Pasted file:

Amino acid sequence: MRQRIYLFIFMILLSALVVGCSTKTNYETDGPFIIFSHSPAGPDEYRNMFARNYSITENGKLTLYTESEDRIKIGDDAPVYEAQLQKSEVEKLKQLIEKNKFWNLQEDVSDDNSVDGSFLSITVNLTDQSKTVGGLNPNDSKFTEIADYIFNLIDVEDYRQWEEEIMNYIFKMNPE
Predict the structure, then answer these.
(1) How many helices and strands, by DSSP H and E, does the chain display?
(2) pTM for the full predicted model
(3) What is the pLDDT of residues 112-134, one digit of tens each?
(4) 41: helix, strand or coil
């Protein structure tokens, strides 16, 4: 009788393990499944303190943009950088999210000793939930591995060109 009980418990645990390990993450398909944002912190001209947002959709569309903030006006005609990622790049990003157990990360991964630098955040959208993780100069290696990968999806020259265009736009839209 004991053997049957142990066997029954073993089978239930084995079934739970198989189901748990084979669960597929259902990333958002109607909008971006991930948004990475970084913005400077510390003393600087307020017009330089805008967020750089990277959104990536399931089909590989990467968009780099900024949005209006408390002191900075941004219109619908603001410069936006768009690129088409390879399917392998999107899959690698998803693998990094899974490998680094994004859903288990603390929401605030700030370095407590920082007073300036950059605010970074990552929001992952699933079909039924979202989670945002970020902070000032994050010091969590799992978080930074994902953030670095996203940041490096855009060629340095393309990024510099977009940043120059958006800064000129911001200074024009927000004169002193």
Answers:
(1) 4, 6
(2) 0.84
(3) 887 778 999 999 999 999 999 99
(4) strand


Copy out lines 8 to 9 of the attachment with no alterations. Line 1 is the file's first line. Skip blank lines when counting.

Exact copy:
Answers:
(1) 4, 6